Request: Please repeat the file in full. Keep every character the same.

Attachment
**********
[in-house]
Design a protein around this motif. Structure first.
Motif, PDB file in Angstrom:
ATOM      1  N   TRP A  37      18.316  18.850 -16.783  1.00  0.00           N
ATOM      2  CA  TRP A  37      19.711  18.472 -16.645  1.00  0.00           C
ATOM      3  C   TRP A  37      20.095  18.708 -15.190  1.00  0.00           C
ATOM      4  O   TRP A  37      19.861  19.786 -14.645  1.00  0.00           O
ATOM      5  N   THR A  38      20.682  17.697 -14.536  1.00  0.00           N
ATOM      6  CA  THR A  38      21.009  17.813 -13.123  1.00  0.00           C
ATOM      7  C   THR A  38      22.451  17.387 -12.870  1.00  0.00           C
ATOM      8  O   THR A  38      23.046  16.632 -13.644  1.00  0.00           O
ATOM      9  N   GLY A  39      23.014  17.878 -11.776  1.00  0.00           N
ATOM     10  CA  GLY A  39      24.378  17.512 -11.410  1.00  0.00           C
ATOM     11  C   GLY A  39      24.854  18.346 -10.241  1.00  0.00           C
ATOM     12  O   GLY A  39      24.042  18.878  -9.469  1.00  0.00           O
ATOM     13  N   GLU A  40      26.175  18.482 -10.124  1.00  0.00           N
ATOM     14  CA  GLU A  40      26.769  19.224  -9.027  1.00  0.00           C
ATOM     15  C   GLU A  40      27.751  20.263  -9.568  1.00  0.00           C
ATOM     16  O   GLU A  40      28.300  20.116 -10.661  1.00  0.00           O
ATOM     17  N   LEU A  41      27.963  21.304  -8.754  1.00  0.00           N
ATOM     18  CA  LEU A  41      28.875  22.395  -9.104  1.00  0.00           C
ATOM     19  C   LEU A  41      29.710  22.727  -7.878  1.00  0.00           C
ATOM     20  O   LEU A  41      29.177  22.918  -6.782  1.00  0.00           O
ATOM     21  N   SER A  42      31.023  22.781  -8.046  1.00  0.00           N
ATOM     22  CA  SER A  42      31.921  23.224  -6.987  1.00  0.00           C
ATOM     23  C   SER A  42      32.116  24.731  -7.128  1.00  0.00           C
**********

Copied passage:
[in-house]
Design a protein around this motif. Structure first.
Motif, PDB file in Angstrom:
ATOM      1  N   TRP A  37      18.316  18.850 -16.783  1.00  0.00           N
ATOM      2  CA  TRP A  37      19.711  18.472 -16.645  1.00  0.00           C
ATOM      3  C   TRP A  37      20.095  18.708 -15.190  1.00  0.00           C
ATOM      4  O   TRP A  37      19.861  19.786 -14.645  1.00  0.00           O
ATOM      5  N   THR A  38      20.682  17.697 -14.536  1.00  0.00           N
ATOM      6  CA  THR A  38      21.009  17.813 -13.123  1.00  0.00           C
ATOM      7  C   THR A  38      22.451  17.387 -12.870  1.00  0.00           C
ATOM      8  O   THR A  38      23.046  16.632 -13.644  1.00  0.00           O
ATOM      9  N   GLY A  39      23.014  17.878 -11.776  1.00  0.00           N
ATOM     10  CA  GLY A  39      24.378  17.512 -11.410  1.00  0.00           C
ATOM     11  C   GLY A  39      24.854  18.346 -10.241  1.00  0.00           C
ATOM     12  O   GLY A  39      24.042  18.878  -9.469  1.00  0.00           O
ATOM     13  N   GLU A  40      26.175  18.482 -10.124  1.00  0.00           N
ATOM     14  CA  GLU A  40      26.769  19.224  -9.027  1.00  0.00           C
ATOM     15  C   GLU A  40      27.751  20.263  -9.568  1.00  0.00           C
ATOM     16  O   GLU A  40      28.300  20.116 -10.661  1.00  0.00           O
ATOM     17  N   LEU A  41      27.963  21.304  -8.754  1.00  0.00           N
ATOM     18  CA  LEU A  41      28.875  22.395  -9.104  1.00  0.00           C
ATOM     19  C   LEU A  41      29.710  22.727  -7.878  1.00  0.00           C
ATOM     20  O   LEU A  41      29.177  22.918  -6.782  1.00  0.00           O
ATOM     21  N   SER A  42      31.023  22.781  -8.046  1.00  0.00           N
ATOM     22  CA  SER A  42      31.921  23.224  -6.987  1.00  0.00           C
ATOM     23  C   SER A  42      32.116  24.731  -7.128  1.00  0.00           C